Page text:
Saturday, December 08, 2007

Another Blast From The Past

Rock and Roll is for everyone. It knows no nationality, no race, no creed. Anyone who wish to partake and enjoy it, is free do do so. But it's birthplace is right here America. Several places make a claim as being the birthplace of rock and roll. But only one can claim a phenomenon and several icons, as real evidence of being the one that people think about most.

Country rock, jazz rock, folk rock, classical rock, blues rock, punk rock, alternative rock, or just plain rock and roll. It has been an evolutionary process, to be sure. (That's why I try to bring a variety of styles to this feature.) But, they all have one thing in common, this being the word rock. And when we look back for the roots of this phenomenon (they said would never last), there is a place where the heart and soul of this musical movement was conceived.

Universities almost always offer a basic rock history course for non-majors, so they can pad their GPAs. In any one of those courses, Memphis Tennessee is mentioned prominently as an early pioneer. The Memphis sound inspired many rock artists throughout the years, and it's far reaching influence is unfathomable.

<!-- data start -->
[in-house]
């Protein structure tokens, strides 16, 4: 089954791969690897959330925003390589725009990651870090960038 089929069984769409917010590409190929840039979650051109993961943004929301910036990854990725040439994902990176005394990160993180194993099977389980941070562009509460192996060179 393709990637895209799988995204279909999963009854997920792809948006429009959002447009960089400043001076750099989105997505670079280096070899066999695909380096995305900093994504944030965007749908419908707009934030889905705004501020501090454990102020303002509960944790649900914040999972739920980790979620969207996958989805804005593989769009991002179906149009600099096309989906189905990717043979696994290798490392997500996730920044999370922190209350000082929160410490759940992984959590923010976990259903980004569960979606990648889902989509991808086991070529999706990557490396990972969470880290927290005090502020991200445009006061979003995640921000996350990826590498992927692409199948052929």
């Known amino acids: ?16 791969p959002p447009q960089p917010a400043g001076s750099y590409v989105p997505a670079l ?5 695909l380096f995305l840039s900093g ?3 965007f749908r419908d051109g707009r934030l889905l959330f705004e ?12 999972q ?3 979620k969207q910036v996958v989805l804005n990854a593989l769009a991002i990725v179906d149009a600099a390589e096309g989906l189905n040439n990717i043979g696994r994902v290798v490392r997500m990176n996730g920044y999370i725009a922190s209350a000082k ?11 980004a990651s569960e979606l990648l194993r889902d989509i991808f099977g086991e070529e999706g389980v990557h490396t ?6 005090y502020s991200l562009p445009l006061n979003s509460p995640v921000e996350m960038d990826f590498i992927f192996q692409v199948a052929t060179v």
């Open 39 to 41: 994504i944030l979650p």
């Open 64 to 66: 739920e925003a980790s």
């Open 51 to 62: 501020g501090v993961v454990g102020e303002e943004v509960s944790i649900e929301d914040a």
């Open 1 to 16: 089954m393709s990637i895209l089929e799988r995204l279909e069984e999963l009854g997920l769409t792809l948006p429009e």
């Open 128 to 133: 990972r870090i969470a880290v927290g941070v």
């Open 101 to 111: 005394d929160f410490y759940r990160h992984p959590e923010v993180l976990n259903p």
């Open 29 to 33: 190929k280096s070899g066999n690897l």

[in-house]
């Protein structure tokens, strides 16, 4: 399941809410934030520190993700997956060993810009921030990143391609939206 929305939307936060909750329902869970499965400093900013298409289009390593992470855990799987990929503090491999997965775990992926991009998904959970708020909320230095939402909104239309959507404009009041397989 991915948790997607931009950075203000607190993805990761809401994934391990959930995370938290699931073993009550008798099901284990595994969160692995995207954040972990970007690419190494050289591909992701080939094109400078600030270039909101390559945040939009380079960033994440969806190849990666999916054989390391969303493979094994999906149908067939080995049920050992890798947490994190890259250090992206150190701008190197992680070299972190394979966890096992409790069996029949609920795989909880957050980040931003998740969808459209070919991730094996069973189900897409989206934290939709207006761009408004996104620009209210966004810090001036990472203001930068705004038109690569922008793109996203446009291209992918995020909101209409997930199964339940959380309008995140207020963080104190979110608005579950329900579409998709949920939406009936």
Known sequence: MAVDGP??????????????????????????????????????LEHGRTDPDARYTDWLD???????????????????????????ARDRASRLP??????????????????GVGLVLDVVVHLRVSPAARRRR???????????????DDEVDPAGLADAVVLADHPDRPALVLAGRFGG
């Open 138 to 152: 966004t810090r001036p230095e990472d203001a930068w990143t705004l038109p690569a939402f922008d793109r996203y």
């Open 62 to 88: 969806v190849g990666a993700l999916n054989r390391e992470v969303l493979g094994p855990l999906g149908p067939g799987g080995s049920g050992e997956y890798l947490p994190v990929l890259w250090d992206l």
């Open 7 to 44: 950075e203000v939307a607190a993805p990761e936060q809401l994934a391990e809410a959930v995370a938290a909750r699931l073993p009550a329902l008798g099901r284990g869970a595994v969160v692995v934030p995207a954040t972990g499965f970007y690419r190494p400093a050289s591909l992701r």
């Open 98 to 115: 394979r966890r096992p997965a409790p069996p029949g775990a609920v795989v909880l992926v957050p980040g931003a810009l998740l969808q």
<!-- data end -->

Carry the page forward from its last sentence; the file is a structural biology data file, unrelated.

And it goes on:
Memphis is known for its blues. If you have ever walked up Beale Street on a Saturday night, you would be in heaven (if you are a fan). And since rock is a primarily a blues-based entity, there's no better place in the world to hear what rock and roll first sounded like, than in and outside the clubs that line this famous stretch.

One of the more avant garde (at the time) artists came in the rockabilly era, and certainly helped shape the early style of one little band you may remember, the four moptops from Liverpool. Listen to an early Beatle song and you'll hear Carl Perkins. Here is the song that has probably been replayed more times than we can all count, Blue Suede Shoes:

Jerry Lee Lewis was another legend that helped integrate the piano into the rock and roll sound. He and guys like Fats Domino helped make the piano a cornerstone instrument, as equal to (or more so than) the guitar. And was he ever a talented showman. Here is one of his signature songs, Chantilly Lace:

When I was in Memphis a few years ago, I had to go to B.B. Kings place for some BBQ and fried dill pickles. But the main reason was to hear some good blues. B.B. wasnt there that night, but the band was a good one. To see the original Lucille was a treat. Here is his signature song, The Thrill Is Gone:

Bobby Blue Bland is one that often gets overlooked as a Memphis-based artist. Here is one of his best songs ever performed by him. It's called Ain't No Love In The Heart Of The City:

These previous artists are a few of the icons I spoke of that came out of Memphis. The following is the legend. He needs no introduction. Here is A Little Less Conversation:


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